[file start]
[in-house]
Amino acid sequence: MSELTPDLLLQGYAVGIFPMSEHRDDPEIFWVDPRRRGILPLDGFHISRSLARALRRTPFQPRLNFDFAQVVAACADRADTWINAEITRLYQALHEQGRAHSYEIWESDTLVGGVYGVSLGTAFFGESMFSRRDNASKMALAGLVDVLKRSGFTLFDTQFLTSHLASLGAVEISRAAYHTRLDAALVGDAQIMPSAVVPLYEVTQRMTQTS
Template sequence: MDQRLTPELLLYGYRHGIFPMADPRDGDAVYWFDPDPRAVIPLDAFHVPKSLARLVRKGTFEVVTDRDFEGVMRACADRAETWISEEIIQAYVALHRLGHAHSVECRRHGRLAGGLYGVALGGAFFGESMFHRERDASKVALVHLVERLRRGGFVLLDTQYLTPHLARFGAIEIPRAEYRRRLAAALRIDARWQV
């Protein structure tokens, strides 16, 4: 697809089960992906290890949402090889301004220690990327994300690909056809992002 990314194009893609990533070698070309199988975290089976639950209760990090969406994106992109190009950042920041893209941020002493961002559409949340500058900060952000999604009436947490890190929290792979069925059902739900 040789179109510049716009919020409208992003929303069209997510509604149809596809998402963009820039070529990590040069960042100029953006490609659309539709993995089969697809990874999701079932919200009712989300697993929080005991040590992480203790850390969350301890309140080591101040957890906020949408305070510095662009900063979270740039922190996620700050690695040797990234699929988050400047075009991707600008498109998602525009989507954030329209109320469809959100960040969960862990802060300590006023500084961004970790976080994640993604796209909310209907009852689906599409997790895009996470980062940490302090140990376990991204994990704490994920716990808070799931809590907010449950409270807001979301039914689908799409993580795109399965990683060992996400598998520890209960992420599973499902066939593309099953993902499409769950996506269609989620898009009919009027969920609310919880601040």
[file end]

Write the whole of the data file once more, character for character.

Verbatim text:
[in-house]
Amino acid sequence: MSELTPDLLLQGYAVGIFPMSEHRDDPEIFWVDPRRRGILPLDGFHISRSLARALRRTPFQPRLNFDFAQVVAACADRADTWINAEITRLYQALHEQGRAHSYEIWESDTLVGGVYGVSLGTAFFGESMFSRRDNASKMALAGLVDVLKRSGFTLFDTQFLTSHLASLGAVEISRAAYHTRLDAALVGDAQIMPSAVVPLYEVTQRMTQTS
Template sequence: MDQRLTPELLLYGYRHGIFPMADPRDGDAVYWFDPDPRAVIPLDAFHVPKSLARLVRKGTFEVVTDRDFEGVMRACADRAETWISEEIIQAYVALHRLGHAHSVECRRHGRLAGGLYGVALGGAFFGESMFHRERDASKVALVHLVERLRRGGFVLLDTQYLTPHLARFGAIEIPRAEYRRRLAAALRIDARWQV
């Protein structure tokens, strides 16, 4: 697809089960992906290890949402090889301004220690990327994300690909056809992002 990314194009893609990533070698070309199988975290089976639950209760990090969406994106992109190009950042920041893209941020002493961002559409949340500058900060952000999604009436947490890190929290792979069925059902739900 040789179109510049716009919020409208992003929303069209997510509604149809596809998402963009820039070529990590040069960042100029953006490609659309539709993995089969697809990874999701079932919200009712989300697993929080005991040590992480203790850390969350301890309140080591101040957890906020949408305070510095662009900063979270740039922190996620700050690695040797990234699929988050400047075009991707600008498109998602525009989507954030329209109320469809959100960040969960862990802060300590006023500084961004970790976080994640993604796209909310209907009852689906599409997790895009996470980062940490302090140990376990991204994990704490994920716990808070799931809590907010449950409270807001979301039914689908799409993580795109399965990683060992996400598998520890209960992420599973499902066939593309099953993902499409769950996506269609989620898009009919009027969920609310919880601040």